Looks like some massive changes are on the horizon for Toronto's skyline. Many of us know that new buildings pop up in the city on the regular, and despite a slight dip in the real estate market in recent months, nothing is getting in the way of all the new construction projects that will soon be populating the city's skyline. 

And with some of the city's tallest structures being built, the skyline is going to change dramatically in the coming years. The new additions to the city -  like the approximately 306 metre-high The One building, are seriously making changes to the urban landscape. 

A contributor to Urban Toronto is giving locals a little look into what the future of the city's skyline will be, with an in-depth diagram showcasing some major changes to Toronto skyline by 2022. 

Lining up the city's most notable skyscrapers, from tallest (CN Tower) to shortest (Massey Tower), the infographic and city rendering give us an idea of what Toronto's skyline will look like from the west.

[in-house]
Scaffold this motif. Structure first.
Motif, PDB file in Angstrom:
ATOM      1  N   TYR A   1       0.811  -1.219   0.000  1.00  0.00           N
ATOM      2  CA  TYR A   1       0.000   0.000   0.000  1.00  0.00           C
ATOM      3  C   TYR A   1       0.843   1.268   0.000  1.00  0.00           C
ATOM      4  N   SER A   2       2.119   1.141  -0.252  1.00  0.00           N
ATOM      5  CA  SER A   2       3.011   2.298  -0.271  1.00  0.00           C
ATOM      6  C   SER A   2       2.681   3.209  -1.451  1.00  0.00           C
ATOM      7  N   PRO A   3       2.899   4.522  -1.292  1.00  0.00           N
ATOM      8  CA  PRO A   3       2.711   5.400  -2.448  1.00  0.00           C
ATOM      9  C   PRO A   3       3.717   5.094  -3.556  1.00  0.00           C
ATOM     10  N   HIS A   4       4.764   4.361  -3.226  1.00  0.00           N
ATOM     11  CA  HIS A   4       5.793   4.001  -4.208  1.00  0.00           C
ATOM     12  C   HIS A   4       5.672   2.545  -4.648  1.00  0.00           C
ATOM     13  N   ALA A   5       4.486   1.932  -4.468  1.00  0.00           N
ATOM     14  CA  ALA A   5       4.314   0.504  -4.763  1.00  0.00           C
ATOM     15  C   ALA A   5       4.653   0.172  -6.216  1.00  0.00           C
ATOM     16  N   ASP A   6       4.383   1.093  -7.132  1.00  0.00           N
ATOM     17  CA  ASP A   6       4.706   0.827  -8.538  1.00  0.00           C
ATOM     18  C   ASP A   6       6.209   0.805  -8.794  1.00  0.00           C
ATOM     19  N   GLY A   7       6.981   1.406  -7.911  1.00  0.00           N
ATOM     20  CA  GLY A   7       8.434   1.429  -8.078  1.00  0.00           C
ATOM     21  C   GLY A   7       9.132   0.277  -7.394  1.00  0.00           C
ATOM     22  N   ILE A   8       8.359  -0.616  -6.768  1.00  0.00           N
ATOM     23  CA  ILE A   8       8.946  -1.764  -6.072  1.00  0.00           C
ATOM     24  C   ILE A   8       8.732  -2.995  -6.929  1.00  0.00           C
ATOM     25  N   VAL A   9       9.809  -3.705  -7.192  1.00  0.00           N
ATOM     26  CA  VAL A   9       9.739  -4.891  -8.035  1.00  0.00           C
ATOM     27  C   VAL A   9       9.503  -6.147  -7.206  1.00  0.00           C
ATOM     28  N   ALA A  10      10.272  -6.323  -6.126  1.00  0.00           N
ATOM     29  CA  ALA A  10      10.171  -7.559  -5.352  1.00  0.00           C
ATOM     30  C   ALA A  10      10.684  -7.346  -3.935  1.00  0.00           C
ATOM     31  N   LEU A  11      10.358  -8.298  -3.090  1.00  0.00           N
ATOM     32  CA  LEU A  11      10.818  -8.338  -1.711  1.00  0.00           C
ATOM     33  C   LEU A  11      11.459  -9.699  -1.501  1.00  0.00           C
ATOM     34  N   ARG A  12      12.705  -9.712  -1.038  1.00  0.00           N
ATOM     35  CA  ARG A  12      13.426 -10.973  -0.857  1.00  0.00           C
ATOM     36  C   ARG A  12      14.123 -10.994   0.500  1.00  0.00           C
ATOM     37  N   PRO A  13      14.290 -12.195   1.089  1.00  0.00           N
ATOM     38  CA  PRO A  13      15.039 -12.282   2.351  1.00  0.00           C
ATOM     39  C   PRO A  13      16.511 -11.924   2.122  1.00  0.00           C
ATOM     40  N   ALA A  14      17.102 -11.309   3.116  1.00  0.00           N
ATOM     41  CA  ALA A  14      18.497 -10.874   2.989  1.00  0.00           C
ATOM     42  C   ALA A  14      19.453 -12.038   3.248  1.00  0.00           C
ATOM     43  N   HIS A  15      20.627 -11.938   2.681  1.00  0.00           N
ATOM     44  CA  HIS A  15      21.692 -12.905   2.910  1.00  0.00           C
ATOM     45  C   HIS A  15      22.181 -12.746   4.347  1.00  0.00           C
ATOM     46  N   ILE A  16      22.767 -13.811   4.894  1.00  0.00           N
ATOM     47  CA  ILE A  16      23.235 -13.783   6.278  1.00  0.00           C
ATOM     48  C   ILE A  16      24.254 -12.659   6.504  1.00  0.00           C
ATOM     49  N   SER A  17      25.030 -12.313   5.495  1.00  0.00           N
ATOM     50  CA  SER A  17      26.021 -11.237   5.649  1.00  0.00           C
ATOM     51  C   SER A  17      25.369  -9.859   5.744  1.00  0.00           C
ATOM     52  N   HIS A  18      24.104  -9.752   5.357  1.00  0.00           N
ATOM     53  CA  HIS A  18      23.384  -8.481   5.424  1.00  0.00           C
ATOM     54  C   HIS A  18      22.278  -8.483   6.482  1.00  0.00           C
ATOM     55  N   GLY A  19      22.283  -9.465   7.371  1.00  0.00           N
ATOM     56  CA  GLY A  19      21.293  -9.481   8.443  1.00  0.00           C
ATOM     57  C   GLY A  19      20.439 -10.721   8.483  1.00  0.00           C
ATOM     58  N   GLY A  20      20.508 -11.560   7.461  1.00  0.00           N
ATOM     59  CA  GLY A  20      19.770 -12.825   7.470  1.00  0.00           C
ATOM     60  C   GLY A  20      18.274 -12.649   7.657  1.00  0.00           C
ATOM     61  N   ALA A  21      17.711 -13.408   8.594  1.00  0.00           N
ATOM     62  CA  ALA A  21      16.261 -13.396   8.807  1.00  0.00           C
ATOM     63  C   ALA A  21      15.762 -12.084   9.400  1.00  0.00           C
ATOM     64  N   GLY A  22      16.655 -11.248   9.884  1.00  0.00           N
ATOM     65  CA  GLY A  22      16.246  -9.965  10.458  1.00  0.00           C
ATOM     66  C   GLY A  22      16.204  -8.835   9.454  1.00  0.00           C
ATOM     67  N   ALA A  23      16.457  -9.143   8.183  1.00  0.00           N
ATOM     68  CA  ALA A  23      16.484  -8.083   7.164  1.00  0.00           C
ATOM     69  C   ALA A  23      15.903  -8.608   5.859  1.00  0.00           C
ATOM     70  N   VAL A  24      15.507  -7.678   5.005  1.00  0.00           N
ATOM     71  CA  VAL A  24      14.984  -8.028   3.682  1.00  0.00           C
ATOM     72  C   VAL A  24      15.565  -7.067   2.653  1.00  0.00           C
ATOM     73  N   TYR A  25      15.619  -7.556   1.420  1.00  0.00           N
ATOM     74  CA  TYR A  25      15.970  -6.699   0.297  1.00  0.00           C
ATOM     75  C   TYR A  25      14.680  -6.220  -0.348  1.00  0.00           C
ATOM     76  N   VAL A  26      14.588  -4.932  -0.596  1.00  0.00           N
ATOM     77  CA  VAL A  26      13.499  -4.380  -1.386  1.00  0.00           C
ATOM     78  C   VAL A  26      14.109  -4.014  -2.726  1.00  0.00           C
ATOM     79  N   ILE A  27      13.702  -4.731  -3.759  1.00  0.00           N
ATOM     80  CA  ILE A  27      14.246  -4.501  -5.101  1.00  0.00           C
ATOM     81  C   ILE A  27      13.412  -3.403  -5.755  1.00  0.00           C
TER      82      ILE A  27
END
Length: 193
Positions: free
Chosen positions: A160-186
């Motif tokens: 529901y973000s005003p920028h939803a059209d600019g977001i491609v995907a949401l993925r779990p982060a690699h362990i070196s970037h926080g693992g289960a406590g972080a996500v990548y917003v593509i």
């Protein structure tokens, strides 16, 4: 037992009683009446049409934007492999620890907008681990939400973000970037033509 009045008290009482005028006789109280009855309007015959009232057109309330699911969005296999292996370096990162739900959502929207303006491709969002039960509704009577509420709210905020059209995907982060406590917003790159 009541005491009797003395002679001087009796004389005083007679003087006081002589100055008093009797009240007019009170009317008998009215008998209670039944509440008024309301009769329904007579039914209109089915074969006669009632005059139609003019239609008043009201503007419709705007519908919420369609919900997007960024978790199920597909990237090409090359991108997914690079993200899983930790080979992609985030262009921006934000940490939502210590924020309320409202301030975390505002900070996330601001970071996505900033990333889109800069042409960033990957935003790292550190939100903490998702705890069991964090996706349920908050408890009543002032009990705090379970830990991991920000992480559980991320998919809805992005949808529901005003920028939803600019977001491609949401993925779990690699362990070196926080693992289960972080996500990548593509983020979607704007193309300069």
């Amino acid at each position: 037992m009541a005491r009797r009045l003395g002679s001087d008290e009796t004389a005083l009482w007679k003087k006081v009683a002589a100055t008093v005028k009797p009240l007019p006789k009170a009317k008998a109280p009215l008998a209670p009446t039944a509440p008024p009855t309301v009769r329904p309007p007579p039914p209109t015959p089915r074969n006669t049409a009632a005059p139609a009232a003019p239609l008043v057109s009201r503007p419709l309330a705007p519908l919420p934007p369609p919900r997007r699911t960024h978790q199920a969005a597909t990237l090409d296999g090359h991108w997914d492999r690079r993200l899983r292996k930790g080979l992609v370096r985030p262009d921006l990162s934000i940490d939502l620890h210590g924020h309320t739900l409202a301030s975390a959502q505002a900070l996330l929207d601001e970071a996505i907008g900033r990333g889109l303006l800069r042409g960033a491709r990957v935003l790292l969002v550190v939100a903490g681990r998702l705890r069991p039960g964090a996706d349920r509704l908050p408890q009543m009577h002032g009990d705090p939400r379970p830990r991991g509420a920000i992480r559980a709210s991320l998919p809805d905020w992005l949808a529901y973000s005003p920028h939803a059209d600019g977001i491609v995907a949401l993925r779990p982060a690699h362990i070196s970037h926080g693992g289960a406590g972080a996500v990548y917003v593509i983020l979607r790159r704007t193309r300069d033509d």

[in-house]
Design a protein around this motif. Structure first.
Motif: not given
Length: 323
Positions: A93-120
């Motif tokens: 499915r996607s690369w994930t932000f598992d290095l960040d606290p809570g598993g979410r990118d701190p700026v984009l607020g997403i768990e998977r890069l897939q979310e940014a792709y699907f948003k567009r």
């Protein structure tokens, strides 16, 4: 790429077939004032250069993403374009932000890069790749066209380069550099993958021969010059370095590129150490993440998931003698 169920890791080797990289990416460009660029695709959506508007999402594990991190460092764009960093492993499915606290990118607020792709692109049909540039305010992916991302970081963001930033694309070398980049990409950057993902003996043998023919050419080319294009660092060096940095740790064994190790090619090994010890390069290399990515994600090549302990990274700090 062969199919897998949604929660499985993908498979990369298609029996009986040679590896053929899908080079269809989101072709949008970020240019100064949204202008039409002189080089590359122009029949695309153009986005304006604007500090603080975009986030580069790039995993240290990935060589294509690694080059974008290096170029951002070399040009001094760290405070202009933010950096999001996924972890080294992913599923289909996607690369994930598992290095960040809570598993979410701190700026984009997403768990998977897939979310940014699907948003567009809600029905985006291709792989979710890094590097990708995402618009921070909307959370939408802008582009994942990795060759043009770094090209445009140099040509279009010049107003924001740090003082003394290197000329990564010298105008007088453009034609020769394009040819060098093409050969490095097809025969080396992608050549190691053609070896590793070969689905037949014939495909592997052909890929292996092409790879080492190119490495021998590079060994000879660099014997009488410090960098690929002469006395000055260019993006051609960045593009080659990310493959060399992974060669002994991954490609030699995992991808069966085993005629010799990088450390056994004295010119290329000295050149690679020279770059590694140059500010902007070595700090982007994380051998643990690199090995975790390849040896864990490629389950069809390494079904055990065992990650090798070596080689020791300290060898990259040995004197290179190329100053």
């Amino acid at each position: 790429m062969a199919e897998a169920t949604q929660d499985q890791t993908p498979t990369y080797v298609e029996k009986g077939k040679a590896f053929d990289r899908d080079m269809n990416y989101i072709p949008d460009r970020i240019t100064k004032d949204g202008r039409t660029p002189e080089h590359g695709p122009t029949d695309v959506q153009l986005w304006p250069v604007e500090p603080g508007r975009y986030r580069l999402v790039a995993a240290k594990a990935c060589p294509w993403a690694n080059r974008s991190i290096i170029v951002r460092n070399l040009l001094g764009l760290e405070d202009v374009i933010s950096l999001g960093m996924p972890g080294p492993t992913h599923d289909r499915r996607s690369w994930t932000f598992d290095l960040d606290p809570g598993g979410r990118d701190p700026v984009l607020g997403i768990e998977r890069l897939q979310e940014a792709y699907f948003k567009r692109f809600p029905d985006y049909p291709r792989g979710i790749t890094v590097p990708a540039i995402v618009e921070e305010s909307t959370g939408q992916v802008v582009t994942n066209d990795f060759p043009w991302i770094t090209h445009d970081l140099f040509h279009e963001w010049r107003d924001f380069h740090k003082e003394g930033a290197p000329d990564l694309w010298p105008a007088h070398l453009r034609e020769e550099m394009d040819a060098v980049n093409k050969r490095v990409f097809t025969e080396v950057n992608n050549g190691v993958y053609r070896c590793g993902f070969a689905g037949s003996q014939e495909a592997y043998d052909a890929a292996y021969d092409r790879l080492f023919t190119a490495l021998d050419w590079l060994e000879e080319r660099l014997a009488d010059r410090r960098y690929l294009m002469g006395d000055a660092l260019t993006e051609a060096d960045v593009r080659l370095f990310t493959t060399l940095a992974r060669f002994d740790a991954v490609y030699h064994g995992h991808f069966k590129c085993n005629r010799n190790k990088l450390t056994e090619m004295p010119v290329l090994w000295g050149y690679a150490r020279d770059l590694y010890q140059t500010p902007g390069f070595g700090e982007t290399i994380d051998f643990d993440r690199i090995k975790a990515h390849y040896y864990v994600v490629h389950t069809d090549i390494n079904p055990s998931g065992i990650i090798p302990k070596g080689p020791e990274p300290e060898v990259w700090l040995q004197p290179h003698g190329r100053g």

But for an even better idea of what the city will look like by 2022, Urban Toronto has also created a composite rendering of the diagram above and a current view of the Toronto skyline, illustrated from an angle near Yonge and St. Clair. The city's biggest upcoming project, The One tower, which is currently under construction as of a couple weeks ago, is dead centre on this image.  This massive tower will not only be the biggest building in Toronto, but in the entire country. 

And the crazy part is that the diagram above doesn't even include some of the city's largest projects that will likely be completed after 2022, including  the Mirvish+Gehry Toronto, YSL Residences, and the tallest tower on the Pinnacle One Yonge site. 

Of the other huge buildings that will comprise Toronto's 2022 skyline,  8 will be office buildings, 9 will be residential buildings, and 3 will be mixed-use. 

Source: Urban Toronto, Buzz Buzz News 

Comments are now closed.
Account Settings
Share Feedback
Log Out

Register this device to receive push notifications